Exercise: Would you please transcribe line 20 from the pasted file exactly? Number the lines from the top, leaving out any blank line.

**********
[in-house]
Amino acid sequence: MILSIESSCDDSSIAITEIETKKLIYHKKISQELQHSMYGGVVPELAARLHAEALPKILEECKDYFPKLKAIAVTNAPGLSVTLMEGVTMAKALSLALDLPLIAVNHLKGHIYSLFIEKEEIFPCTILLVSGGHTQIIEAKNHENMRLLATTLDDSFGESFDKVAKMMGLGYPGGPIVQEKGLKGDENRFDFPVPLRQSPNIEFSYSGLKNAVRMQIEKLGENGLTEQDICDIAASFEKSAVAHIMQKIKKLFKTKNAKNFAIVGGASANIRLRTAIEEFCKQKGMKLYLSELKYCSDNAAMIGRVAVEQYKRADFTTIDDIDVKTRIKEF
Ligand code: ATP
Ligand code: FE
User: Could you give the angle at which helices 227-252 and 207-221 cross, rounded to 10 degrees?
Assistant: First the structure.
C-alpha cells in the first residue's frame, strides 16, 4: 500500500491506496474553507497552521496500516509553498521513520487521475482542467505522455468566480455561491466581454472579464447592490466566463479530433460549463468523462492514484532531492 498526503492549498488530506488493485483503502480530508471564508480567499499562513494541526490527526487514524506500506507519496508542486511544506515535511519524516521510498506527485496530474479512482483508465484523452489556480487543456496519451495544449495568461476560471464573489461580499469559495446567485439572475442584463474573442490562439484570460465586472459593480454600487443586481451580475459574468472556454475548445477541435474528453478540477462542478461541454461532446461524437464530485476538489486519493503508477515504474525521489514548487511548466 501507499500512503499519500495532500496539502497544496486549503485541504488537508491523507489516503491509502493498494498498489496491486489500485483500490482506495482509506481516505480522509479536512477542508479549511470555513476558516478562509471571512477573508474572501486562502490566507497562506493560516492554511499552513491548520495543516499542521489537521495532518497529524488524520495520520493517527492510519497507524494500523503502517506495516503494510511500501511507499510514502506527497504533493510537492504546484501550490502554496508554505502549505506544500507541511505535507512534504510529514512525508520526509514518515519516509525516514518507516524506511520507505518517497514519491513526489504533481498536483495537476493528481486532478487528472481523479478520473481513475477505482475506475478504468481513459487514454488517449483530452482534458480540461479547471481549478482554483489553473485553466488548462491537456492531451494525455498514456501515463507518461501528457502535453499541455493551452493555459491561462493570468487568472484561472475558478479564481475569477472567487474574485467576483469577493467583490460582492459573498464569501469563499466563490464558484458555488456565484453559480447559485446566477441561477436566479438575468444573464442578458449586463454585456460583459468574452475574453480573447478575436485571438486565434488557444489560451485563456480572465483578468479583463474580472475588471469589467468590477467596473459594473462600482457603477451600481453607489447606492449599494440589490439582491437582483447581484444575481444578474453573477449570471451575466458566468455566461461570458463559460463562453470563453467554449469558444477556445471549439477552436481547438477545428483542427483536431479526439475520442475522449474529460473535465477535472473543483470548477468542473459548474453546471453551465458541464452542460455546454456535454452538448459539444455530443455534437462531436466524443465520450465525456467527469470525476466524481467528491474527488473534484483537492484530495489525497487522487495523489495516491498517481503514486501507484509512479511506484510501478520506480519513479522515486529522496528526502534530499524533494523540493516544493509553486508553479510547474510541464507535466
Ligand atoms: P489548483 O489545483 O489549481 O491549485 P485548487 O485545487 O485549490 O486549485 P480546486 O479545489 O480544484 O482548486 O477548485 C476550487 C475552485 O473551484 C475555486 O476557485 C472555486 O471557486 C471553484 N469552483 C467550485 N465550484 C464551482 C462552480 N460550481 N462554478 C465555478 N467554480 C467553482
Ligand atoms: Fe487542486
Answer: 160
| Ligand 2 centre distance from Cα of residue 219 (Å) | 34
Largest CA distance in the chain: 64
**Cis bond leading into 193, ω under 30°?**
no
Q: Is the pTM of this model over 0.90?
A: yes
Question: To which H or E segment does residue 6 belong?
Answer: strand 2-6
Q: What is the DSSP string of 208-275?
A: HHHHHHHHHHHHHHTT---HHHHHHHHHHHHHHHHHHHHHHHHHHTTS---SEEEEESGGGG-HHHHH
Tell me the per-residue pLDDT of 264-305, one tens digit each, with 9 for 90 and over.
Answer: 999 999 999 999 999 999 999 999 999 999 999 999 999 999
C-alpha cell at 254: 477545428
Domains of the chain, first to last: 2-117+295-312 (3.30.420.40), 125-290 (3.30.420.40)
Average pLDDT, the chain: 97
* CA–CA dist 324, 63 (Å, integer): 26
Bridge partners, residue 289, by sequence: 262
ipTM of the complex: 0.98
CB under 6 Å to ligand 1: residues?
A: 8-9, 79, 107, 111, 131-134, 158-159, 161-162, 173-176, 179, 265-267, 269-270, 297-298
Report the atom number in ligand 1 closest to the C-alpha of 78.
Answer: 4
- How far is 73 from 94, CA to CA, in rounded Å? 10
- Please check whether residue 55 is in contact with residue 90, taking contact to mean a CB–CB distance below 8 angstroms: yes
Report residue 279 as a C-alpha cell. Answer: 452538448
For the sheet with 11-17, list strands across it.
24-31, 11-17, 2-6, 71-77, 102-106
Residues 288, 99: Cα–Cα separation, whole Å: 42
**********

A: HHHHHHHHHHHHHHTT---HHHHHHHHHHHHHHHHHHHHHHHHHHTTS---SEEEEESGGGG-HHHHH